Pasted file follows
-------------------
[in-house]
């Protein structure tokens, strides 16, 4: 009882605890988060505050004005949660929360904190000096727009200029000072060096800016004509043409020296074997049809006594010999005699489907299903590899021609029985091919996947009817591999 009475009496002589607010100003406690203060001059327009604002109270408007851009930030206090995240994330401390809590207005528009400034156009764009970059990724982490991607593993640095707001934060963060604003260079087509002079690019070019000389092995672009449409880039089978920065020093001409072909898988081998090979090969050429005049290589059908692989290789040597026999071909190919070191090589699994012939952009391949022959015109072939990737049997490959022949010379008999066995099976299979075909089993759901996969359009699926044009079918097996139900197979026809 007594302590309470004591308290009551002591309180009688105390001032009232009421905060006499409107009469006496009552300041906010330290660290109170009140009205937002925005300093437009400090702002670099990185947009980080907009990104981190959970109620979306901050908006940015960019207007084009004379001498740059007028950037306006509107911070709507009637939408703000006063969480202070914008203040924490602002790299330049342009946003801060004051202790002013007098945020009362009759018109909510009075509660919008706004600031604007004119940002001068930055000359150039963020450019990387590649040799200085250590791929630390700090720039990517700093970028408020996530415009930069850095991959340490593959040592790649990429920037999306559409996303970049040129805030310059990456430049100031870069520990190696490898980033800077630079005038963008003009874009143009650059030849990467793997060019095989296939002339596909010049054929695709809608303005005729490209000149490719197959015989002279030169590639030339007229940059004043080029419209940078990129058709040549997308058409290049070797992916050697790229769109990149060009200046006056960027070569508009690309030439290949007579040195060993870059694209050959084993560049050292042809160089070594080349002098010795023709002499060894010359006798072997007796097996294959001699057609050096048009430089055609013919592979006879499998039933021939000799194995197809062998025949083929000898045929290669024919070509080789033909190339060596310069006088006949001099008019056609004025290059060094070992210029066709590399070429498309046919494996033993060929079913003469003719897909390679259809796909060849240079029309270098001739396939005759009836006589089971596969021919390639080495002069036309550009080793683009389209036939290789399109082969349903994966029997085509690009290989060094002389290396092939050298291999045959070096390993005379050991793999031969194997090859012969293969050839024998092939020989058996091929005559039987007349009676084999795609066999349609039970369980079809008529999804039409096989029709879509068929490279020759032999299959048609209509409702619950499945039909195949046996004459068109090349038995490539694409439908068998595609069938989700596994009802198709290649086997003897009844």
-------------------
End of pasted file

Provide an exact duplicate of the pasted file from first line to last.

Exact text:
[in-house]
């Protein structure tokens, strides 16, 4: 009882605890988060505050004005949660929360904190000096727009200029000072060096800016004509043409020296074997049809006594010999005699489907299903590899021609029985091919996947009817591999 009475009496002589607010100003406690203060001059327009604002109270408007851009930030206090995240994330401390809590207005528009400034156009764009970059990724982490991607593993640095707001934060963060604003260079087509002079690019070019000389092995672009449409880039089978920065020093001409072909898988081998090979090969050429005049290589059908692989290789040597026999071909190919070191090589699994012939952009391949022959015109072939990737049997490959022949010379008999066995099976299979075909089993759901996969359009699926044009079918097996139900197979026809 007594302590309470004591308290009551002591309180009688105390001032009232009421905060006499409107009469006496009552300041906010330290660290109170009140009205937002925005300093437009400090702002670099990185947009980080907009990104981190959970109620979306901050908006940015960019207007084009004379001498740059007028950037306006509107911070709507009637939408703000006063969480202070914008203040924490602002790299330049342009946003801060004051202790002013007098945020009362009759018109909510009075509660919008706004600031604007004119940002001068930055000359150039963020450019990387590649040799200085250590791929630390700090720039990517700093970028408020996530415009930069850095991959340490593959040592790649990429920037999306559409996303970049040129805030310059990456430049100031870069520990190696490898980033800077630079005038963008003009874009143009650059030849990467793997060019095989296939002339596909010049054929695709809608303005005729490209000149490719197959015989002279030169590639030339007229940059004043080029419209940078990129058709040549997308058409290049070797992916050697790229769109990149060009200046006056960027070569508009690309030439290949007579040195060993870059694209050959084993560049050292042809160089070594080349002098010795023709002499060894010359006798072997007796097996294959001699057609050096048009430089055609013919592979006879499998039933021939000799194995197809062998025949083929000898045929290669024919070509080789033909190339060596310069006088006949001099008019056609004025290059060094070992210029066709590399070429498309046919494996033993060929079913003469003719897909390679259809796909060849240079029309270098001739396939005759009836006589089971596969021919390639080495002069036309550009080793683009389209036939290789399109082969349903994966029997085509690009290989060094002389290396092939050298291999045959070096390993005379050991793999031969194997090859012969293969050839024998092939020989058996091929005559039987007349009676084999795609066999349609039970369980079809008529999804039409096989029709879509068929490279020759032999299959048609209509409702619950499945039909195949046996004459068109090349038995490539694409439908068998595609069938989700596994009802198709290649086997003897009844």